FACT CHECK: Trump Claims He Signed Into Law The Largest Military Budget On Record
President Donald Trump attended a rally in Missouri recently where he claimed that Congress had passed a record-setting military budget.
“And we secured a record $700 billion for our military this year, and $716 billion next year,” he told the audience.
Congress approved a $700 billion defense bill for fiscal year 2018 and $716 billion for FY 2019. While these budgets are some of the highest in the last few decades, the budget was higher nominally, and when adjusted for inflation, during the Iraq War.
In December of 2017, Trump signed the National Defense Authorization Act, which authorized $700 billion in spending for FY 2018. This budget is for total national defense, which includes funding for the Department of Defense, war operations overseas and nuclear weapons programs within the Department of Energy.
The funds were officially appropriated as part of the $1.3 trillion omnibus in March. Increased spending will go towards numerous priorities, including a 2.4 percent pay raise for military personnel and additional funding for missile defense and ship building.
While this budget is one of the highest the U.S. has seen in recent decades, it is not a record. Congress authorized higher funding levels during the Iraq War. In FY 2011, $725 billion was authorized for national defense.
Defense spending has been constrained in recent years by the Budget Control Act of 2011, which capped the amount Congress could allocate each year. In February, Congress reached a deal to raise those caps to allow defense spending of $700 billion in FY 2018 and $716 billion in FY 2019.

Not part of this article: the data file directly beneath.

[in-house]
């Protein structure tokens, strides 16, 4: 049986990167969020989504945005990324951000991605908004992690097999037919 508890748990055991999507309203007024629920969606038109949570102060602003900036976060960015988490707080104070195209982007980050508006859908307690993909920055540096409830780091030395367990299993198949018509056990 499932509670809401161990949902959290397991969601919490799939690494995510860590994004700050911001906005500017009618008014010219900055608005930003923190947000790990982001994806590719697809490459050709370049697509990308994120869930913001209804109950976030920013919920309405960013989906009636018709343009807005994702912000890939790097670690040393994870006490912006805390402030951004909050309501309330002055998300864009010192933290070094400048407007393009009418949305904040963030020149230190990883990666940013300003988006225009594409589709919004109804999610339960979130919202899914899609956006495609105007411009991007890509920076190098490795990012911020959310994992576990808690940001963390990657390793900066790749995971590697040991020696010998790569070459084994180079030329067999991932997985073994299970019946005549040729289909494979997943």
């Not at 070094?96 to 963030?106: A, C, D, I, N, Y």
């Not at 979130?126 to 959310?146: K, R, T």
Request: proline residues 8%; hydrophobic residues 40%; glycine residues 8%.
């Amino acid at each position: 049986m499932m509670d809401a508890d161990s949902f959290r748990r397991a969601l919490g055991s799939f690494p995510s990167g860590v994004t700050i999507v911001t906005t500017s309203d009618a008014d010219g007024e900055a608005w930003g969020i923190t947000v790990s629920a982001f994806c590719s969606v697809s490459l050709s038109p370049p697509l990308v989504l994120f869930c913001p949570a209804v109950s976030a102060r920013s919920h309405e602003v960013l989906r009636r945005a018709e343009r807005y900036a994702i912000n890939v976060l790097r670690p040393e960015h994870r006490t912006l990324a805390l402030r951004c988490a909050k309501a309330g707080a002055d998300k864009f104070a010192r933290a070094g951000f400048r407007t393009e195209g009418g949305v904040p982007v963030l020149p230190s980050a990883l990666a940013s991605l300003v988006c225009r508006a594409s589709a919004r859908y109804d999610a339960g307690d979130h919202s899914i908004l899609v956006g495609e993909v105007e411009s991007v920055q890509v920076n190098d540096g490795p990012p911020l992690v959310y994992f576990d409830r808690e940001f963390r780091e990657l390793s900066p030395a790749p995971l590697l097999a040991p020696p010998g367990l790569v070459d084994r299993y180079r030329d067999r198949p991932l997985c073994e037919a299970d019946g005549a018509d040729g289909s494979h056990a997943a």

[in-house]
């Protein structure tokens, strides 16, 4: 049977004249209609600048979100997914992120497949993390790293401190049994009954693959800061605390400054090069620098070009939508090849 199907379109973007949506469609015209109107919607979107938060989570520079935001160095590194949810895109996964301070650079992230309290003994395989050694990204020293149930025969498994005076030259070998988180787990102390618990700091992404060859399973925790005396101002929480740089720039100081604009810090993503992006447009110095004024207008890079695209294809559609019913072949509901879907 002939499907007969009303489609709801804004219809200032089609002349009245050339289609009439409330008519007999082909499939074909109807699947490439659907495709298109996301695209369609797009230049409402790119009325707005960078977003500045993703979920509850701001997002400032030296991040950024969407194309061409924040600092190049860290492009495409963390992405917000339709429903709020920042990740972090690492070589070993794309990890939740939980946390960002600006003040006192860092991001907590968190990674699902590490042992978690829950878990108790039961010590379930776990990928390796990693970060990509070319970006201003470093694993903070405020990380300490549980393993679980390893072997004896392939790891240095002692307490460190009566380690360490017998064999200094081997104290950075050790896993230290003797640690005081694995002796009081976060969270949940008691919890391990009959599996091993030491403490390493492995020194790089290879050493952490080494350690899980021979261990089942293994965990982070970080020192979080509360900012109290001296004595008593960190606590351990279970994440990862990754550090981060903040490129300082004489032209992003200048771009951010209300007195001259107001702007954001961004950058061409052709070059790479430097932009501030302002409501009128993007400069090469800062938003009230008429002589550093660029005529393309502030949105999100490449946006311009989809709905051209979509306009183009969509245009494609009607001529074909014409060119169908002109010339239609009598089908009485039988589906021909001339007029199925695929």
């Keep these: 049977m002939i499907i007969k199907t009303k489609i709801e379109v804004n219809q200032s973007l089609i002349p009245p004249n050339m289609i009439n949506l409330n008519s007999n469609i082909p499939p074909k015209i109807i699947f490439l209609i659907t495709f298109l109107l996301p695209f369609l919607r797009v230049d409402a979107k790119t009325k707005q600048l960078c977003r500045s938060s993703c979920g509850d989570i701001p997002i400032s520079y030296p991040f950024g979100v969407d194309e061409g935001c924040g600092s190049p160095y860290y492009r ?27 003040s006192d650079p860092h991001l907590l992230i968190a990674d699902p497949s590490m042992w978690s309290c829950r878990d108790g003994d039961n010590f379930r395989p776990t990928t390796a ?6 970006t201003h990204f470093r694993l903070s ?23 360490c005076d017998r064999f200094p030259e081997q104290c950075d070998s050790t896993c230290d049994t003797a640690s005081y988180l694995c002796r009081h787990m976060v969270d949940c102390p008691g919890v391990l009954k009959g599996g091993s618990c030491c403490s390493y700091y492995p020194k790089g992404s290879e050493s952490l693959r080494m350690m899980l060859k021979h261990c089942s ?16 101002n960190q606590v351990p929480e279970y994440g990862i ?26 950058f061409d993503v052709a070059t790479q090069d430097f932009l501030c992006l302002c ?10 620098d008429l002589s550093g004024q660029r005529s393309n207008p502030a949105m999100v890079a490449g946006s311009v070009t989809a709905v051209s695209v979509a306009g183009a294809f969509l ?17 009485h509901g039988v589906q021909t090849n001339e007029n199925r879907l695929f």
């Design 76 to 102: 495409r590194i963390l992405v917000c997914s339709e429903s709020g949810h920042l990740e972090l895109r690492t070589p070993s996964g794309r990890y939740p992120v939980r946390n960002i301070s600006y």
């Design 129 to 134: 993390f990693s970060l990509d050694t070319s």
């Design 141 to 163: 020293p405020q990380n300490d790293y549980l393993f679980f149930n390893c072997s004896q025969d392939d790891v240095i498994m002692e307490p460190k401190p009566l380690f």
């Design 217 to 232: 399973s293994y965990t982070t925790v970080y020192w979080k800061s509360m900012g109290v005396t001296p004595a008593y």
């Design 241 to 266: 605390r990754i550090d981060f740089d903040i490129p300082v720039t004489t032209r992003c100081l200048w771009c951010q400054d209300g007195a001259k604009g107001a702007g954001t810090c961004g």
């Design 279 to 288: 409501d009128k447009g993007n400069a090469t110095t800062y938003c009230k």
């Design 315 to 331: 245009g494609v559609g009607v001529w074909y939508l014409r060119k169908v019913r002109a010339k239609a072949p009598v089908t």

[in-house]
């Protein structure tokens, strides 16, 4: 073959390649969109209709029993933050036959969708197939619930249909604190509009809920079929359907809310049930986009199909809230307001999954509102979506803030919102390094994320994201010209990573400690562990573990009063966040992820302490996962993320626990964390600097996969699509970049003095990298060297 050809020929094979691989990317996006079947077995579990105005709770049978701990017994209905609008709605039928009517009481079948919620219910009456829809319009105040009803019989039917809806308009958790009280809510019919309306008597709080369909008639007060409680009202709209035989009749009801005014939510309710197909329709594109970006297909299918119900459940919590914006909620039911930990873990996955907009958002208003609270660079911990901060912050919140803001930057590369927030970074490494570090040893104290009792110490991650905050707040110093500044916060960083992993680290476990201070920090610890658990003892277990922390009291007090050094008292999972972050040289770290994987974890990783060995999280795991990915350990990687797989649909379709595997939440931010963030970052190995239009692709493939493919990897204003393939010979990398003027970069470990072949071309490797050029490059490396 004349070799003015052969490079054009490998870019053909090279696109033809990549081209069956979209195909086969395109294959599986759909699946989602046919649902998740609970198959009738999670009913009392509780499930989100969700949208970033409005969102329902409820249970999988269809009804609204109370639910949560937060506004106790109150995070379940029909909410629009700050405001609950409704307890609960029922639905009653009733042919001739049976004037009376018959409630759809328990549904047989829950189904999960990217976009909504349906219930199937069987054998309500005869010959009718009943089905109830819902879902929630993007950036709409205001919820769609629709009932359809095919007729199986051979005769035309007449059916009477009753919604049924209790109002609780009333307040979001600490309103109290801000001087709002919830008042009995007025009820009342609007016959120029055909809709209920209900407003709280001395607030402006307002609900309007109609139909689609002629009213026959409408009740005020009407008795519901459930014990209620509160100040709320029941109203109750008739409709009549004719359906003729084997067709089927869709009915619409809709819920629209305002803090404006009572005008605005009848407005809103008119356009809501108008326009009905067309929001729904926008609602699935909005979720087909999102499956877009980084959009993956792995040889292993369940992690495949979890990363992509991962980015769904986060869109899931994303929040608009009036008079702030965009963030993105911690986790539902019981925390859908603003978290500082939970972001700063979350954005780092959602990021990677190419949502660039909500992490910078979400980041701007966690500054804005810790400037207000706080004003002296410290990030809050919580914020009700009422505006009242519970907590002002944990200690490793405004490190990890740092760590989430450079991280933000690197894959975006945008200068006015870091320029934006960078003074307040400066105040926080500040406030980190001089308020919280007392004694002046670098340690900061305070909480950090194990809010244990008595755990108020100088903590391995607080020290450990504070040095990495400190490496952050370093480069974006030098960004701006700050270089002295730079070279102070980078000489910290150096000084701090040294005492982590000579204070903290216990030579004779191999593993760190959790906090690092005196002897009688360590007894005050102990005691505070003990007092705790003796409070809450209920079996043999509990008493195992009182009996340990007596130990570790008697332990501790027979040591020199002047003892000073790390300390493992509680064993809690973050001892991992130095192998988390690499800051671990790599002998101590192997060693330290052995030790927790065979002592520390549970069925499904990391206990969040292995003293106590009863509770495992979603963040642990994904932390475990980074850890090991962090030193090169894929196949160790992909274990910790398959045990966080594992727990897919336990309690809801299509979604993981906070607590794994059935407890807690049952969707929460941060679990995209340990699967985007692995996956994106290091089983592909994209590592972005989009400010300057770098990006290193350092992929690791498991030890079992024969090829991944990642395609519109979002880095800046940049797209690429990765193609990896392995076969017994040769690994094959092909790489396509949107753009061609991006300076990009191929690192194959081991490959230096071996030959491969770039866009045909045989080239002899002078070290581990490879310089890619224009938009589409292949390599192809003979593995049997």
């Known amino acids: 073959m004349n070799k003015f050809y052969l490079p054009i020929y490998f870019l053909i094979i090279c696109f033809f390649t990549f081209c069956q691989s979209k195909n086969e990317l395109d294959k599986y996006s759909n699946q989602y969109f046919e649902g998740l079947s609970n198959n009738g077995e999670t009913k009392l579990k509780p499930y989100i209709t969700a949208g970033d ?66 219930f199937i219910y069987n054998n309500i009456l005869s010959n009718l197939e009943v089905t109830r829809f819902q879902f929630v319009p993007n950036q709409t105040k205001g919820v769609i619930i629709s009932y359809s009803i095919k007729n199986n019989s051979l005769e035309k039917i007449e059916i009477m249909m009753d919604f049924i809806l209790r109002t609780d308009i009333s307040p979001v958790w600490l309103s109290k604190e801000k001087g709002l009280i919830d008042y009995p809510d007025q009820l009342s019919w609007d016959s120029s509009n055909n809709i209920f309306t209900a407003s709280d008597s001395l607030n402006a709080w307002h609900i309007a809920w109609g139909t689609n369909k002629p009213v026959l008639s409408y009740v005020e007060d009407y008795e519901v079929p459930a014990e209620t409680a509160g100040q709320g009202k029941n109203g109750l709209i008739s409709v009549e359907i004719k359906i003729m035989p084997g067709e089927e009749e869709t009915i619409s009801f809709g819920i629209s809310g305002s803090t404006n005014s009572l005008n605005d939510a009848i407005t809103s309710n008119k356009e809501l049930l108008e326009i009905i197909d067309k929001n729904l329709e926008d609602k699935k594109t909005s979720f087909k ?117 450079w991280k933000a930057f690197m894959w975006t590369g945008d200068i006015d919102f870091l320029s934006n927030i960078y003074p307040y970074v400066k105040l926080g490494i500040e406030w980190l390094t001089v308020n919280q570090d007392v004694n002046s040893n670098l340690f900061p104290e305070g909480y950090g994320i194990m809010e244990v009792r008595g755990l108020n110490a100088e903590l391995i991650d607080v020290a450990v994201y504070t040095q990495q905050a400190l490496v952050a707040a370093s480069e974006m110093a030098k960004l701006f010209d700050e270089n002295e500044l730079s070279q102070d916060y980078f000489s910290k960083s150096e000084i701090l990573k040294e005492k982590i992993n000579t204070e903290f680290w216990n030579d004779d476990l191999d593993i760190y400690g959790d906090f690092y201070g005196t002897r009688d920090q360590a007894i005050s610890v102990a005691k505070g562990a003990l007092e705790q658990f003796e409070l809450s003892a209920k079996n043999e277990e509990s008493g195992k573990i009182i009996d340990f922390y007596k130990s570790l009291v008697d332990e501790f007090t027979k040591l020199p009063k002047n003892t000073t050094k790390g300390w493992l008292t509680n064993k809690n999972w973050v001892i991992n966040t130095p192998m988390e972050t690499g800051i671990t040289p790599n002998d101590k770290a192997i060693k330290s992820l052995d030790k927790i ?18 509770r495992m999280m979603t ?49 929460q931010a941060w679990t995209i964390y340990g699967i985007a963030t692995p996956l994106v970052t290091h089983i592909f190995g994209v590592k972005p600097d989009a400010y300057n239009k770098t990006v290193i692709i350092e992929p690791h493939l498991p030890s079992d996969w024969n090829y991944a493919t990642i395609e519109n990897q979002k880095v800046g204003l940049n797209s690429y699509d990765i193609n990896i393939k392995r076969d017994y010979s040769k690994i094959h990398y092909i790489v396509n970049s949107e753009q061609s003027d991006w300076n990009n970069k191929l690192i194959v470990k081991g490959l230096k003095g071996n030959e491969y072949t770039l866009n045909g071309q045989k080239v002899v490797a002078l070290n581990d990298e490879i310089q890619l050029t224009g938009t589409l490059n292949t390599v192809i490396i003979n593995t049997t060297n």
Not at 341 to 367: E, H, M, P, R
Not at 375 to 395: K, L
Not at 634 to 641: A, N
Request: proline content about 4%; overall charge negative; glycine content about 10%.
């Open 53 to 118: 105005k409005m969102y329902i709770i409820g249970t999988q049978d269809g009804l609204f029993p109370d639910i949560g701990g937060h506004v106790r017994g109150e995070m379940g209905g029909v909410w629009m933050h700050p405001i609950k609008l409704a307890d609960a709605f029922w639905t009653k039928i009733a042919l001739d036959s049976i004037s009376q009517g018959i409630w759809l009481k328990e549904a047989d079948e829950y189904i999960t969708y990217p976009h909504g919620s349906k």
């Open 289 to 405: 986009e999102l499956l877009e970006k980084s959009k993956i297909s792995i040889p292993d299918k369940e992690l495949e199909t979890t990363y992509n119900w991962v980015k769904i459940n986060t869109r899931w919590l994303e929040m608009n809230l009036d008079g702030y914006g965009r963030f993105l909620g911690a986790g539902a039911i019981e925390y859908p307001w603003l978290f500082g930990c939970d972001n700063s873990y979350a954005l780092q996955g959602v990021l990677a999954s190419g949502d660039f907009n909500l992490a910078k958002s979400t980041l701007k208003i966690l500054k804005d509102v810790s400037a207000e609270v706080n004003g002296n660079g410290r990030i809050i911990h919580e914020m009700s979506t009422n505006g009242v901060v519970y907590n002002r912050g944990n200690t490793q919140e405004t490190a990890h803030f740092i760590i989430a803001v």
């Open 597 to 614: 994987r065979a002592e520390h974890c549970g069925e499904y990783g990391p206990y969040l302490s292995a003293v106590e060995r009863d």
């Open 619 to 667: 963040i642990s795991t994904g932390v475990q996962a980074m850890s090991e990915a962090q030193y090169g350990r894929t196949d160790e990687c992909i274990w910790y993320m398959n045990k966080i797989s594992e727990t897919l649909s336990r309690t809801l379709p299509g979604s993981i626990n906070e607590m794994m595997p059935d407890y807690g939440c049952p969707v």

To help put these numbers in perspective, researchers at the Center for Strategic and Budgetary Assessments (CSBA) provided us with historical data on the amount federal agencies could spend each year on national defense, known as their budget authority.
When calculated in constant dollars to account for inflation, the budget authority for total national defense was higher from 2007 to 2012.
In nominal terms, the budget authority for national defense was higher in 2010 and 2011, at $721 billion and $717 billion respectively, according to the Office of Management and Budget.
The surge that began in 2001 is largely due to the wars in Iraq and Afghanistan, as Congress devoted considerable funds towards the war efforts. The peak came in 2010 when Congress granted more than $820 billion in FY 2018 dollars for national defense.
While statistics for budget authority are only available from 1976 onward, if we look at budget outlays (the actual amount spent), it shows that national defense spending was also comparatively greater during World War II. In 1945, it exceeded $900 billion in FY 2018 dollars, according to CSBA.
The White House did not respond to a request for comment.
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